Penetration Testing on Telnet (Port 23)
Telnet is a TCP/IP network terminal emulation program that allows you to reach another Internet or local area network device by logging in to the remote machine. Telnet is a client-server protocol used for the link to port number 23 of Transmission Control Protocol. Using Telnet, you can even test open ports on a remote network.
Telnet Server: Ubuntu
Attacker system: Kali Linux
Table of Content
- Installation & Configuration
- Connecting to Telnet
- Banner Grabbing of Telnet
- Banner Grabbing through Telnet
- MITM: Telnet Spoofing
- Brute Forcing
- Telnet credential Sniffing
Installation & Configuration
Telnet is an unencrypted and therefore insecure protocol and we recommend to use SSH over the telnet as it is an encrypted protocol. But still, you should have the understanding of all the protocols and telnet is one of the protocols through which you can connect to the other system in your local network. So let’s start the installation first. Telnet Server installation is quite simple.
Run the following command with root access in your Ubuntu to install Telnet.
apt-get install telnetd
Upon completion of the installation, you can test the Telnet service status by using the following command.
systemctl status inetd
And with the output shown in the screenshot, we can observe that the service is active in Ubuntu.
Test Telnet Connection from Windows machine
Now we will connect telnet with putty. Enter the IP address of Ubuntu and give port 23 in order to connect with telnet and hit open.
As we hit open a new pop up gets open which asks for the Ubuntu username and password and after submitting the right values we are logged in to Ubuntu.
Connecting to Telnet
The telnet is installed. It’s time to connect a remote Telnet server. Log in to your kali machine and run the following command. To get connected it will ask for the username and password, after providing the right values; you got connected.
Banner Grabbing of Telnet
Now once the setup of telnet is ready, we will run the version scan to know which version is running in the Ubuntu and as shown in the screenshot below we got the version with this scan.
Banner Grabbing through Telnet
In the banner capture of other systems operating on the target network, Telnet plays a significant role.
To find the version of SSH service running on the target computer, open the terminal in Kali Linux with the following instruction.
telnet 192.168.0.196 22
Similarly, the version and legitimate user of SMTP server can also be associated with telnet. Run the command below and find out their version and current user.
telnet 192.168.0.136 25
You will note from the picture that “220 metasploitable.localdomain ESMTP Postfix” was successfully mounted on the target computer.
If you receive the answer code 550 this means an unknown user account: You can guess for a legitimate user account via the following command:
If the message code 250,251,252 was received to the degree that the server acknowledged the application and user account is correct.
If you have received a message code 550, it means that the account is invalid as shown in the picture.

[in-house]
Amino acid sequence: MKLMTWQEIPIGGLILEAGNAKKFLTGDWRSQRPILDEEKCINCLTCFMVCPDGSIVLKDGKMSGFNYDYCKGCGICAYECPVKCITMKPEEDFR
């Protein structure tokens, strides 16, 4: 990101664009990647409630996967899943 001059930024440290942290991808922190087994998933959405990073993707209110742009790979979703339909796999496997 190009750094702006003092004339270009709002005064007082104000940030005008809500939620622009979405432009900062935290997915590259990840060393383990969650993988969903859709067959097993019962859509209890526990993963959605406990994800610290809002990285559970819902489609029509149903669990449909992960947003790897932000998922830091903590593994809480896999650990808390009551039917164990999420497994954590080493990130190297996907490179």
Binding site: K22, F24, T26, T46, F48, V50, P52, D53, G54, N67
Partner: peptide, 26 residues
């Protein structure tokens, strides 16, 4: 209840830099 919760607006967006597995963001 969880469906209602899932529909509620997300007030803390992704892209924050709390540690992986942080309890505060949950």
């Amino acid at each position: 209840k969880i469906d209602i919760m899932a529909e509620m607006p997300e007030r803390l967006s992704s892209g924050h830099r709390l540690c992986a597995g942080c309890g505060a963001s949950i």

MITM: Telnet Spoofing
An attack may use telnet spoofing as a Man-in-the-middle attack in order to capture the telnet login credential.
This can achieve by generating a bogus telnet service in the network. Open the terminal in your Kali Linux and Load Metasploit framework; now type the following command to start the server and here we have also given a banner of “Welcome to Hacking Articles” which you can set any of your choices.
use auxiliary/server/capture/telnet set srvhost 192.168.0.102 set banner Welcome to Hacking Articles exploit
Now as soon as the attacker found that telnet is running in the victim’s system he tries to get connected and in order to get connected he submits the credentials and the login gets failed.
But we can see our logs here in the server which represents who tried to connect with telnet.
An attacker is still attempting to use brute force for stealing credentials. This module checks a telnet login and records positive connections on a variety of devices.
use auxiliary/scanner/telnet/telnet_login msf auxiliary(telnet_login) > set rhosts 192.168.0.196 msf auxiliary(telnet_login) > set user_file /root/Desktop/user.txt msf auxiliary(telnet_login) > set pass_file /root/Desktop/pass.txt msf auxiliary(telnet_login) > set stop_on_success true msf auxiliary(telnet_login) > exploit
As you can observe that, here it has obtained the valid credential for the telnet moreover provide the session for the victim’s shell.
sessions –u 2
Once we got the meterpreter of the victim we will execute sysinfo command to check that we are on Ubuntu machine.
Telnet Credential Sniffing
By default, Telnet does not encrypt all linked data, even passwords, and thus it is always possible to eavesdrop the communications and then use the password for malicious uses; someone who has network access between the two hosts used by Telnet can interrupt the packets between the source and target, and obtain authentication, password and data details.
From given below image you can read the username: raj and password: 123 for Telnet moreover complete information travelling through packet between source to destination.
Since Telnet implementations do not support Transport Layer Security (TLS) security and Simple Authentication and Security Layer (SASL) authentication extensions. Therefore, in favour of that the Secure Shell (SSH) protocol, first released in 1995 in replace of Telnet.
Author: Geet Madan is a Certified Ethical Hacker, Researcher and Technical Writer at Hacking Articles on Information Security. Contact here